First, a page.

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Almost $13 million in campaign spending from political party committees, super political action committees and other outside groups has poured into two special congressional election races set to be decided in the coming weeks in Georgia and Montana, according to the latest Federal Election Commission reports of independent expenditures reviewed by Bloomberg BNA.
The bulk of the spending is for television advertising, though money is also being spent for digital ads, mailings, phone banks and other efforts, according to the FEC reports. The reports must be filed with the FEC within 24 hours of each independent expenditure, providing a real-time glimpse of where outside money is moving in the races.
Outside spending in the Georgia race between Democrat Jon Ossoff and Republican Karen Handel already is in record territory, with nearly $10 million in total independent expenditures six weeks before the June 20 election. Bloomberg BNA’s review of FEC reports found more than $2 million in outside money—about evenly divided between the Democratic and Republican sides—has been spent in the Georgia campaign in just two weeks since the April 18 multicandidate primary.
Almost $3 million in outside spending has come in the Montana race, nearly all of it on the Republican side. The race, which pits Democrat Rob Quist against Republican Greg Gianforte, is set to be decided in a May 25 election.
In the Georgia race, about $900,000 has been spent in the last two weeks by the Democratic Congressional Campaign Committee, according to the FEC. That matched roughly the same amount spent by the National Republican Congressional Committee and the Congressional Leadership Fund, a super PAC linked to House Republican leaders.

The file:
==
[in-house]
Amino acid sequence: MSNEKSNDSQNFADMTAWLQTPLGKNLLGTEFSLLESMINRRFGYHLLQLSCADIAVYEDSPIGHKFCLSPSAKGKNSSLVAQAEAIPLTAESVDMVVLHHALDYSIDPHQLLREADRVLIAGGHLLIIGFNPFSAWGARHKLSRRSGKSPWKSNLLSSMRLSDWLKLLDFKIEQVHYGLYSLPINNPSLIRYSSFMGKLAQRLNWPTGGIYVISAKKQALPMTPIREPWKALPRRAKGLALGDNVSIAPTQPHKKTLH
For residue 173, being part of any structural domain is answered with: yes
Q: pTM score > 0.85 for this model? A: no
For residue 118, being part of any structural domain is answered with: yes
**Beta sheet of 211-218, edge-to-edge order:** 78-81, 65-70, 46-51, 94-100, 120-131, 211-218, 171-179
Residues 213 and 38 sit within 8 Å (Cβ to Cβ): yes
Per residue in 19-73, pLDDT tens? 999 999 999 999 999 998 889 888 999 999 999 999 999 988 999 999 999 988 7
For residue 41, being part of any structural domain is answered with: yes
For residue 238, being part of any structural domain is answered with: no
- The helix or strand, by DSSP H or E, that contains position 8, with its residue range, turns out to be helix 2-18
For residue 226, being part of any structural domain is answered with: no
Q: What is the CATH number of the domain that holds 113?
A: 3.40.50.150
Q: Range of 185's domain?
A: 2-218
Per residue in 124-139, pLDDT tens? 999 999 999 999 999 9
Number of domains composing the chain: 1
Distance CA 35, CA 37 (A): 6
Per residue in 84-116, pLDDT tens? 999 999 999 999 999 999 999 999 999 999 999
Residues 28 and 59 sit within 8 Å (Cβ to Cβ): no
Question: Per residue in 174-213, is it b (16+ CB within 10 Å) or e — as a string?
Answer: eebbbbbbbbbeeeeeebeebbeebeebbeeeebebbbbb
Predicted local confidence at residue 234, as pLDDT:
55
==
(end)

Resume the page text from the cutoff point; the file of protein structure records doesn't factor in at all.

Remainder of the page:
Prior to the April 18 primary, the Georgia race saw outside spending mostly on the Republican side opposing Democrat Ossoff, who had raised over $8 million in individual contributions for his campaign committee.
In Montana, nearly all of the $2.8 million in outside spending has been for ads opposing Democrat Quist. The folk singer and novice candidate raised more than $900,000 for his campaign by the end of March, according to the latest FEC candidate reports. Quist’s opponent, Gianforte, is a former gubernatorial candidate who has raised more than $1.6 million for his campaign committee.
By far the largest amount of outside money in the Montana race—more than $1.5 million—has been spent by the Congressional Leadership Fund, the House Republican leaders’ super PAC, according to FEC reports. In addition, more than $500,000 has been spent by the NRCC, the House Republicans’ campaign committee.
Only about $15,000 has been spent in support of Quist. The money has come from the Democratic-leaning nonprofit Planned Parenthood Action Fund.
The Georgia and Montana races are set to fill seats vacated by Republican lawmakers who left Congress to take jobs in the Trump administration. The races—especially the Georgia contest in suburban Atlanta—are seen as potentially competitive by both Republicans and Democrats and are viewed as important to signaling the mood of the country after the first three months of Donald Trump’s presidency.
Two other races have seen less partisan competition and have drawn far less campaign spending.
A June 6 special election in California is set to leave a U.S. House seat with Democrats after it was vacated by former Rep. Xavier Becerra, who became attorney general of California.
Meanwhile, a South Carolina race to succeed former Rep. Mick Mulvaney (R), who left to become Trump’s director of the Office of Management and Budget, is seen as likely to keep the congressional seat for Republicans. The South Carolina special primary election is set for May 2, with a possible runoff election on May 16.
Just over $130,000 in last-minute outside spending in the South Carolina race was reported to the FEC for TV ads that supported Tommy Pope, one of several Republican candidates in the race.
To contact the reporter on this story: Kenneth P. Doyle in Washington at firstname.lastname@example.org.
To contact the editor on this story: Paul Hendrie at email@example.com.
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